A father tries to marry off the daughter who’d rather stay to care for him, as they struggle to reconcile traditional duty with modern individualism. Despite the American Occupation’s censors, Ozu gently underscores the tension in a country reckoning with its identity.
As a rudderless med student races for a train to Warsaw, we see three radically different courses his life could take if he caught or missed it. In each timeline, he gets swept along with the people he meets, prioritizing party loyalty, political resistance, or domesticity in a search for direction. As much as he tries to exert control, random events have unexpected consequences.
ANNA: Why don’t you just kill us?
PAUL: Don’t forget the entertainment value. You’d deprive us all of our pleasure.
Haneke exposes our hunger for tidy entertainments where we watch violence from a safe distance. Extending that impulse to its logical, horrible conclusion, he rubs our face in the real human cost, and asks us to take ownership of what we really want to see.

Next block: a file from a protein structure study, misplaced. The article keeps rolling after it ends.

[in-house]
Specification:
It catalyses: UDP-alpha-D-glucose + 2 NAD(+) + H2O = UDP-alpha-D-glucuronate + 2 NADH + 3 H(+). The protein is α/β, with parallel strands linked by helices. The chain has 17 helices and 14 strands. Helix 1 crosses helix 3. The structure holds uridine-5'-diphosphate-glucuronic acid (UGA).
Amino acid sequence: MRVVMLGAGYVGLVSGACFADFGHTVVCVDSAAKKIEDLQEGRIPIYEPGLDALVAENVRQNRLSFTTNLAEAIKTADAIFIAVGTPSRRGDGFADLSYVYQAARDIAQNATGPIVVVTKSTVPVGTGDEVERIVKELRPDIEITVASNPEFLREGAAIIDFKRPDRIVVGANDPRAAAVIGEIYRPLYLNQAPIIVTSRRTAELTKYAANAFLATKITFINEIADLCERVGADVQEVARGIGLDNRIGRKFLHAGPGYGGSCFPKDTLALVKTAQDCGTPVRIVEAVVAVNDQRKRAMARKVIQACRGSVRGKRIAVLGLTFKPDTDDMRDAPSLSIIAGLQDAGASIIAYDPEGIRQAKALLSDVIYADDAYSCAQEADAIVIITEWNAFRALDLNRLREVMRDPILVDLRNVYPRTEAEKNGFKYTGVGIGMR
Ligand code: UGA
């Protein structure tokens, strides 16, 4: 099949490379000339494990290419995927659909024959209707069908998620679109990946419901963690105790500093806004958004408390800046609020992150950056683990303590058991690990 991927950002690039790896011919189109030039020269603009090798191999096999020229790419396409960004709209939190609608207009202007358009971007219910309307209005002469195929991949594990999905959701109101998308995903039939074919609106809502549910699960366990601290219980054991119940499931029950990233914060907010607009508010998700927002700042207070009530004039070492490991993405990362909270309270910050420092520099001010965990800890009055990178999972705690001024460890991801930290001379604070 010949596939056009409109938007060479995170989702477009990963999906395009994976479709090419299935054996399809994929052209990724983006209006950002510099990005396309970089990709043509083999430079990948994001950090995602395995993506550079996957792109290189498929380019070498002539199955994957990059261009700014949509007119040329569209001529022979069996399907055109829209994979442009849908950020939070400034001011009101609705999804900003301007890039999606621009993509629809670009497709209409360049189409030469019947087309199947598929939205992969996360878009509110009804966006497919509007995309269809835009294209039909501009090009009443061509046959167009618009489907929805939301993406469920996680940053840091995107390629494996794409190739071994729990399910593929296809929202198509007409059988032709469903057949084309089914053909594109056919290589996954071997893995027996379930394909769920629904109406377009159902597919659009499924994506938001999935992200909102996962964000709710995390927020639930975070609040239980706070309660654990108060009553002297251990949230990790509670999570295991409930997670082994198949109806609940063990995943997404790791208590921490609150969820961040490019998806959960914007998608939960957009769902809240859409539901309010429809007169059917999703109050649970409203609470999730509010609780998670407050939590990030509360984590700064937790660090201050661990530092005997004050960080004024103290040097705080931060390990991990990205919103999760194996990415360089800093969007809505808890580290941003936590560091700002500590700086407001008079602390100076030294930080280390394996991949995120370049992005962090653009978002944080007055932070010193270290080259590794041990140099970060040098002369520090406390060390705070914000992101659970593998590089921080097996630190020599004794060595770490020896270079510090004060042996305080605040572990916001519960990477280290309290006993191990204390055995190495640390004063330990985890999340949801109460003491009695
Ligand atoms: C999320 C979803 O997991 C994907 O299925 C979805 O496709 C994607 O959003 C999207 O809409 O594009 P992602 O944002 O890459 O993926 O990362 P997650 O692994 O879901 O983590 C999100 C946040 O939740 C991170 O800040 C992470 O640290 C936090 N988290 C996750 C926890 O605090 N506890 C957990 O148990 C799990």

As a band of villagers runs sheep across the mine-ridden Turkish-Syrian border, one smuggler is torn between what he owes his community, his son, and himself as a man. Akad champions education as a means to a better future while mourning the loss of a simpler past, as a modernizing, greedy system makes good men into outlaws.
The Bri-terion Collection
I’m loving the Criterion Channel streaming service, so every week I’m going to share my favorite new find.